Tulsa, OK- Before Congress passed an appropriations bill last fall, the Federal Motor Carrier Safety, had put in place rules to limit fatigued truck driving accidents. But thanks to successful lobbying in behalf of the trucking industry, lawmakers rolled back federal regulations aimed at reducing fatigued truck accidents and ordered the agency to conduct an additional study. This week the FMCSA released the details of this congressionally-mandated study.
A rider included in the budget omnibus, added by Senator Susan Collins (R- ME), asked the FMCSA to conduct a more “naturalistic” study of the oft criticized restart rule. Collins’ rider also called for just one mandated rest period and lifted restrictions that limited restart periods to once a week.
Since implementation of hours-of -service and restart rules in 2013, commercial truck drivers have each work week capped at a maximum of 77 hours in a seven-day period, or a maximum of 88 hours in an eight-day period. Drivers must include, during their time off, at least two rest periods before a new work week can start and they must include at least two 1 a.m. to 5 a.m. rest periods. This is often referred to as the 34-hour re-start rule and was based on previous studies that show nighttime sleep is more restful than daytime sleep, Trucking Info reported.
For the new study, the FMCSA will be analyzing “operator fatigue/alertness, and short-term health outcomes” of two sets of truck drivers. One set will take two mandated rest periods in a week and the other set will only take one mandated rest period. The agency will rely on technologies, assessments and psychological tests to gauge how the restart rule affect driving abilities.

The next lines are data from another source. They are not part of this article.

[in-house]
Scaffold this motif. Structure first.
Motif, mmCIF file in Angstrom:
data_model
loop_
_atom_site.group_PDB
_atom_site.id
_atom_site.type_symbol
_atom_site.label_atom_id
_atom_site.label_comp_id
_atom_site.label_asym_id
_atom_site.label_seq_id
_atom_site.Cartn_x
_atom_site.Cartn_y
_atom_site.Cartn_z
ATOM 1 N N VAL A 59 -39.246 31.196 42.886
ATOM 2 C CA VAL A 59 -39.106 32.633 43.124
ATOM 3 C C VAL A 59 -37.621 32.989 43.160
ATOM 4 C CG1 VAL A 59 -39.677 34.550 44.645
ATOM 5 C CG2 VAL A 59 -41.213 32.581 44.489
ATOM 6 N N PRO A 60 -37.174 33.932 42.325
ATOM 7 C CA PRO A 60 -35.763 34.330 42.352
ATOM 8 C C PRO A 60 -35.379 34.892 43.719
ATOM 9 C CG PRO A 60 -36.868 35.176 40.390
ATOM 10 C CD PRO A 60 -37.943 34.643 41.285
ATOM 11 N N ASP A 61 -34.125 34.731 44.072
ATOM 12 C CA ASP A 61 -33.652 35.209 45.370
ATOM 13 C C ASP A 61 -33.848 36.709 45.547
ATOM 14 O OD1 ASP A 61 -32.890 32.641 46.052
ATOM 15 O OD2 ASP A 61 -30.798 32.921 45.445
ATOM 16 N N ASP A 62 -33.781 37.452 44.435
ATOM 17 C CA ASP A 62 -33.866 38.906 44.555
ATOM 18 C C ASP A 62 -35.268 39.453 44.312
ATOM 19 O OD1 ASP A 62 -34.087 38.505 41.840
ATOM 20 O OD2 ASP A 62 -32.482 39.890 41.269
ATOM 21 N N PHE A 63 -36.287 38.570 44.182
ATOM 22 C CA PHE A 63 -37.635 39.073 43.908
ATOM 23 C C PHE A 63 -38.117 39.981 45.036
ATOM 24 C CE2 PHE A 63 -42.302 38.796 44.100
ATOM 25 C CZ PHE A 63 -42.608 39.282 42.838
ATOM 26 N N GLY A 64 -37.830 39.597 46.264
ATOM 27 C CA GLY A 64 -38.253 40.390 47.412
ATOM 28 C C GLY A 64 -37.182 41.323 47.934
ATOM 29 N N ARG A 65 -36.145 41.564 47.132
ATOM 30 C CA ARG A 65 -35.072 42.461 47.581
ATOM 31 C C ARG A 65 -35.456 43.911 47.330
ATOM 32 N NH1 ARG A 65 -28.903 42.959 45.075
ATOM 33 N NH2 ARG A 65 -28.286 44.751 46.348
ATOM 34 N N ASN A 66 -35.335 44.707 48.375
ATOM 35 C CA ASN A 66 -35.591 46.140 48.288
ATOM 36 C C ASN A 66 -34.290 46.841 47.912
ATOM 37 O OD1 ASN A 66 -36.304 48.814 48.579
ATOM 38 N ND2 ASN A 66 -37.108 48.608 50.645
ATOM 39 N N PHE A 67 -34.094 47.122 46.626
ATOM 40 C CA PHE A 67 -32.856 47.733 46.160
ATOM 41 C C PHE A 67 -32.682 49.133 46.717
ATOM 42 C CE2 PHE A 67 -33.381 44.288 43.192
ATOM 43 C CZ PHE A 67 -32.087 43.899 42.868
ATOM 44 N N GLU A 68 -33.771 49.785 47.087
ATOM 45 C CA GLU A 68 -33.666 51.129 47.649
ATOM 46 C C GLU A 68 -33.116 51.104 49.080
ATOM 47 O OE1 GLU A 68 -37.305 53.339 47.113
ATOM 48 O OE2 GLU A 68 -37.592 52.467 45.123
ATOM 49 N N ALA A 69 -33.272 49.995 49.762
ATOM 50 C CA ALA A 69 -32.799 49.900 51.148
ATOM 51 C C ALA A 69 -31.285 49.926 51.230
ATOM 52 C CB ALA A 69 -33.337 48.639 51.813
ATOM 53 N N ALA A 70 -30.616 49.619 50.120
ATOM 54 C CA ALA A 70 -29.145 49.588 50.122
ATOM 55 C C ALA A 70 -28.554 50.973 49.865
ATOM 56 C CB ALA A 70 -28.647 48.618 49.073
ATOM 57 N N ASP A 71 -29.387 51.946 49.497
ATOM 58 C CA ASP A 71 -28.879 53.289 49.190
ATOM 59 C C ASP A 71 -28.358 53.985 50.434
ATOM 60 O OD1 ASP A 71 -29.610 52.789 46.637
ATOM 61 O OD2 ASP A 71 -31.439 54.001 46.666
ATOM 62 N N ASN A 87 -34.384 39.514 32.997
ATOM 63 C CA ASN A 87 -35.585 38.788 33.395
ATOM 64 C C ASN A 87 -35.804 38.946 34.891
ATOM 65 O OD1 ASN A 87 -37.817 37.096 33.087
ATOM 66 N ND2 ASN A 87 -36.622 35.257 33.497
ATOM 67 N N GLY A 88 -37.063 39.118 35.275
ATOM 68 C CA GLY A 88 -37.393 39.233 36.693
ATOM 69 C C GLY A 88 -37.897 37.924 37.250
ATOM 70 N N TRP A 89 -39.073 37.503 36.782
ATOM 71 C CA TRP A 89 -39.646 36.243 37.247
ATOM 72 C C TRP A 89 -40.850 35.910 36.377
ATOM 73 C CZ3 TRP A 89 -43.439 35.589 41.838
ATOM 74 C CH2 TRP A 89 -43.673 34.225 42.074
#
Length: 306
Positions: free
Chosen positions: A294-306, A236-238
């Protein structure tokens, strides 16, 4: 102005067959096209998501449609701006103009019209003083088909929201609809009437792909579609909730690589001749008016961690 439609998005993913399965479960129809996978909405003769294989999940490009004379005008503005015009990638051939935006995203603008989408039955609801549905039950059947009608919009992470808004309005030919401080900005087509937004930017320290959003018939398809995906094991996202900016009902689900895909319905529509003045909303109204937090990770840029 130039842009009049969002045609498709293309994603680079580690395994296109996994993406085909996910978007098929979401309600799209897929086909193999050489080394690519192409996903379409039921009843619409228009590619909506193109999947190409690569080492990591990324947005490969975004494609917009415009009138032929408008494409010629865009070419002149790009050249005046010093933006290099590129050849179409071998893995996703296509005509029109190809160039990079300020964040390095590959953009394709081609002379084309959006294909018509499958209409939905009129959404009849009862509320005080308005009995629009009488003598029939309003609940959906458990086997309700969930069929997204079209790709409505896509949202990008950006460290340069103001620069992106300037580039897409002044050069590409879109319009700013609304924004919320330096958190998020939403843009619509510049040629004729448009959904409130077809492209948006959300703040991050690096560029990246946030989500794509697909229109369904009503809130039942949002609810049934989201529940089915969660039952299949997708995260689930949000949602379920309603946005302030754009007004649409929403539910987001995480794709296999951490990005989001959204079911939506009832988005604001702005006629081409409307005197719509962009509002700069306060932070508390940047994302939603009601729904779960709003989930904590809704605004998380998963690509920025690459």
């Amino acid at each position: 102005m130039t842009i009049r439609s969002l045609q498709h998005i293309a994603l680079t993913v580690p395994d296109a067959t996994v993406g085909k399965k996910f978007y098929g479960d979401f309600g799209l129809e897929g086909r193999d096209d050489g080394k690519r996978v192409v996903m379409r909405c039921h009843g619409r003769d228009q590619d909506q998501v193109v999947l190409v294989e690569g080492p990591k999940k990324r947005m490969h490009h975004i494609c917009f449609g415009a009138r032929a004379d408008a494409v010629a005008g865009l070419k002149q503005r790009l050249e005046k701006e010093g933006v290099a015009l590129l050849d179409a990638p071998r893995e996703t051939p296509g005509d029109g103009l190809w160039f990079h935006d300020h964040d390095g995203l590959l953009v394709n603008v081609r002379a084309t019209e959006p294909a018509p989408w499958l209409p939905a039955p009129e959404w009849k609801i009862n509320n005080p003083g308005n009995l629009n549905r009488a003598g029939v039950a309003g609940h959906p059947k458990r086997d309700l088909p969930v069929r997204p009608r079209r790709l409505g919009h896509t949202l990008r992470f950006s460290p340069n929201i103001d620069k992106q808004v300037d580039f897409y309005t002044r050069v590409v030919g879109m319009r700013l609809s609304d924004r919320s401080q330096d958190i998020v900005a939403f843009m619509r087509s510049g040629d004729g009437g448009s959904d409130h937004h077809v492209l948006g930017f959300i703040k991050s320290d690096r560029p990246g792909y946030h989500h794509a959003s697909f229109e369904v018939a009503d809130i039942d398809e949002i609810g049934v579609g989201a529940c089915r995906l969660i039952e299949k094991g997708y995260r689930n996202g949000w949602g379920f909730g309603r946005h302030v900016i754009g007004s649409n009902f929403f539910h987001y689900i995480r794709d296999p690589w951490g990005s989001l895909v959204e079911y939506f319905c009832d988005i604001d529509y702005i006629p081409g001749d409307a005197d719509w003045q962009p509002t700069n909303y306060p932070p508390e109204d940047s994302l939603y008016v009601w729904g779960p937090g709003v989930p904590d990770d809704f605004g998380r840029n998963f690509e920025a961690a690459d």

You can learn more about the study from FMCSA here.
The trucking industry pushed back on the HOS rule. But to the victims of a fatigued truck accident, or those who have lost a loved one, asking a driver to stay of the road for a specified 8 eight hours in one week doesn’t seem like too much to ask. It may be inconvenient to a truck driver or a trucking company, but it doesn’t compare to the inconvenience caused by catastrophic, life-changing truck accident.
Fatigued driving is dangerous and can be deadly for any motorist, but given the size and weight of a commercial a fatigued truck driver can cause more damage and harm. Recent studies have shown that fatigued driving could be as dangerous as driving drunk.
Any motorist or truck driver who is fatigued and fails to take necessary precautions that will protect others can be held accountable for the suffering they cause. Our team of Oklahoma truck accident attorneys are standing by, ready to answer your questions, and listen to your concerns. They will listen to the facts in your case and assess whether you are eligible to pursue the at-fault party for compensation.
Know that if you have been injured or lost a loved one in a truck accident, you don’t have to shoulder the costs. When you have an Oklahoma truck accident attorneys, you can rest assured you will get a generous settlement for your pain and anguish.
For answers to your legal questions regarding a truck or car accident case, call the Aaronson Law Firm at 915-533-0100.